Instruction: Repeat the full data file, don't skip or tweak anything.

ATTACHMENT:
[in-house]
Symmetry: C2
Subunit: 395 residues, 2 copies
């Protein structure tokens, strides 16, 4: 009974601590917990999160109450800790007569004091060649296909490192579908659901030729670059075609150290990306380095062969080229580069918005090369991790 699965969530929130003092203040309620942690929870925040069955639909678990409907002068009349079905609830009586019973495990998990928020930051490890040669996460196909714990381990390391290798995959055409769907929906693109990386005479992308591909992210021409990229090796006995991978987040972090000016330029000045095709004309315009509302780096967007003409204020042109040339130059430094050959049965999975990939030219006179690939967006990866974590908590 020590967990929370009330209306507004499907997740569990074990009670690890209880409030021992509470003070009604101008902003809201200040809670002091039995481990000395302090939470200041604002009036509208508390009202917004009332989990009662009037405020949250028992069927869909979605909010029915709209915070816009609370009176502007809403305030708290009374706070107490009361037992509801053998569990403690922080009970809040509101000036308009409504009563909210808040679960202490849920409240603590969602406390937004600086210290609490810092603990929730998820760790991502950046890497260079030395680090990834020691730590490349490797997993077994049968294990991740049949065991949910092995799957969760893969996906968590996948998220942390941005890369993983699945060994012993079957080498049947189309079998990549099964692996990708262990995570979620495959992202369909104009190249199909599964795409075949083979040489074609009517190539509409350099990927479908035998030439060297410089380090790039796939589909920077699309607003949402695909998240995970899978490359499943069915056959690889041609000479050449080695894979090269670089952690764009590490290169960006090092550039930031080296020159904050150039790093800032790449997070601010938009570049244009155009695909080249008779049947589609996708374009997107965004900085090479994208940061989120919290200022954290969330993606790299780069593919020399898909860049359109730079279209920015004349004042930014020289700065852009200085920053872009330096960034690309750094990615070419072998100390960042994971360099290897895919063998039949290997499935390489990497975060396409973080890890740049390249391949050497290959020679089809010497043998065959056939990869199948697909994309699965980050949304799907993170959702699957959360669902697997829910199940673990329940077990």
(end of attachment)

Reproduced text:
[in-house]
Symmetry: C2
Subunit: 395 residues, 2 copies
């Protein structure tokens, strides 16, 4: 009974601590917990999160109450800790007569004091060649296909490192579908659901030729670059075609150290990306380095062969080229580069918005090369991790 699965969530929130003092203040309620942690929870925040069955639909678990409907002068009349079905609830009586019973495990998990928020930051490890040669996460196909714990381990390391290798995959055409769907929906693109990386005479992308591909992210021409990229090796006995991978987040972090000016330029000045095709004309315009509302780096967007003409204020042109040339130059430094050959049965999975990939030219006179690939967006990866974590908590 020590967990929370009330209306507004499907997740569990074990009670690890209880409030021992509470003070009604101008902003809201200040809670002091039995481990000395302090939470200041604002009036509208508390009202917004009332989990009662009037405020949250028992069927869909979605909010029915709209915070816009609370009176502007809403305030708290009374706070107490009361037992509801053998569990403690922080009970809040509101000036308009409504009563909210808040679960202490849920409240603590969602406390937004600086210290609490810092603990929730998820760790991502950046890497260079030395680090990834020691730590490349490797997993077994049968294990991740049949065991949910092995799957969760893969996906968590996948998220942390941005890369993983699945060994012993079957080498049947189309079998990549099964692996990708262990995570979620495959992202369909104009190249199909599964795409075949083979040489074609009517190539509409350099990927479908035998030439060297410089380090790039796939589909920077699309607003949402695909998240995970899978490359499943069915056959690889041609000479050449080695894979090269670089952690764009590490290169960006090092550039930031080296020159904050150039790093800032790449997070601010938009570049244009155009695909080249008779049947589609996708374009997107965004900085090479994208940061989120919290200022954290969330993606790299780069593919020399898909860049359109730079279209920015004349004042930014020289700065852009200085920053872009330096960034690309750094990615070419072998100390960042994971360099290897895919063998039949290997499935390489990497975060396409973080890890740049390249391949050497290959020679089809010497043998065959056939990869199948697909994309699965980050949304799907993170959702699957959360669902697997829910199940673990329940077990």